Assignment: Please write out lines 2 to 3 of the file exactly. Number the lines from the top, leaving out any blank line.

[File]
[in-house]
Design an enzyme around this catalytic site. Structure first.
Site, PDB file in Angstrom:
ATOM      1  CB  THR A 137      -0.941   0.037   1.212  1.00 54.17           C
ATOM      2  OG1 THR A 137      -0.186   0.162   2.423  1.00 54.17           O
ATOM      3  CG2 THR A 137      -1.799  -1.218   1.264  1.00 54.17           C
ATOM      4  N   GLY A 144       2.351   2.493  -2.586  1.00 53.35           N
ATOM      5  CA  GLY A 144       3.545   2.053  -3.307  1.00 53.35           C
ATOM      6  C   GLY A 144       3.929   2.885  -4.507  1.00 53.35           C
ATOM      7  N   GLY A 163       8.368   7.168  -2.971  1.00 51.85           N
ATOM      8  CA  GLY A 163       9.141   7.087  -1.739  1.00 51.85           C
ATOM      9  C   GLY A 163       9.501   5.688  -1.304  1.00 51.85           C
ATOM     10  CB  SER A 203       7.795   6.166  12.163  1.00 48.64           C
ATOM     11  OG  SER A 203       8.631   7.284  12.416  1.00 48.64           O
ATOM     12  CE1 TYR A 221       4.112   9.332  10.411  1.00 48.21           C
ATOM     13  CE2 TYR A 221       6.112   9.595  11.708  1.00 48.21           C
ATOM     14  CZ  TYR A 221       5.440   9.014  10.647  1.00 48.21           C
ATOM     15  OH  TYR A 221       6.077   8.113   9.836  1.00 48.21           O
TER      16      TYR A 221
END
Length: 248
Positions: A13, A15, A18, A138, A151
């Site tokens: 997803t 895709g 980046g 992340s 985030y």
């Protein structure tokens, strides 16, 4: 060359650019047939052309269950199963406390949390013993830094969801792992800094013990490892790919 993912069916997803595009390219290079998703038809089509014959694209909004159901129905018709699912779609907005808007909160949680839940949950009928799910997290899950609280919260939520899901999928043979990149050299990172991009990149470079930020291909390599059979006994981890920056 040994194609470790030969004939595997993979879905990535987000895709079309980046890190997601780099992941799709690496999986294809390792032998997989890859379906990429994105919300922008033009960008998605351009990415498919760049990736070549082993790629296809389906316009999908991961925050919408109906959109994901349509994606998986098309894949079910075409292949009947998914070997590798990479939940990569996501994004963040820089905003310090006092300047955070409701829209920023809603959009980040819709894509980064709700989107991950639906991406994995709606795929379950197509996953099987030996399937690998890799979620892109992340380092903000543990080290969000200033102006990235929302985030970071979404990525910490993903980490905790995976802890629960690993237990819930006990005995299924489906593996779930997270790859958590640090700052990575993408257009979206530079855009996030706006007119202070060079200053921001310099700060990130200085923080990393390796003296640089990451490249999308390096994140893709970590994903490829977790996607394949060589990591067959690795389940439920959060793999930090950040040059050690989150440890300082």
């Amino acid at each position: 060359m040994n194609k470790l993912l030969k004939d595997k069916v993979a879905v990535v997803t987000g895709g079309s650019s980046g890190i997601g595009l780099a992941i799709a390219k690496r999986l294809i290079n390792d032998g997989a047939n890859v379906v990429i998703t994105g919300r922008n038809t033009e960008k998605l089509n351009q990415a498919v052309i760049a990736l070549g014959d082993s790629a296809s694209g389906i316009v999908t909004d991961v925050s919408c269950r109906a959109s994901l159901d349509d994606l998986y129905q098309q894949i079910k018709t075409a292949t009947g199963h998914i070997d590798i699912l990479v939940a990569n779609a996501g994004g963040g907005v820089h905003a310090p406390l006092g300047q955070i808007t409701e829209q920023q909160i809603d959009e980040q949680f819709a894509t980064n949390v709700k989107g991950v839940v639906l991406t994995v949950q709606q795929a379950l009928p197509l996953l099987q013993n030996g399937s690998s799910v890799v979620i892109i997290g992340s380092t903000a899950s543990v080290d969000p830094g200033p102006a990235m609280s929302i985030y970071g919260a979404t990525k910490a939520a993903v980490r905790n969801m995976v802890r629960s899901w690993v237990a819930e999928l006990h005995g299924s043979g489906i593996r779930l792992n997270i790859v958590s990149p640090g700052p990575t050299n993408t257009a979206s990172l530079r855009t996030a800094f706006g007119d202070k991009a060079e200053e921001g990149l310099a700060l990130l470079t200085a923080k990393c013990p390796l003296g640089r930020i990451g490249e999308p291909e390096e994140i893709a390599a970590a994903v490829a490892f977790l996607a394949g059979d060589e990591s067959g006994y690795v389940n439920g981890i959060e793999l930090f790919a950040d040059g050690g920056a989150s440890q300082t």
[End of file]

Design an enzyme around this catalytic site. Structure first.
Site, PDB file in Angstrom: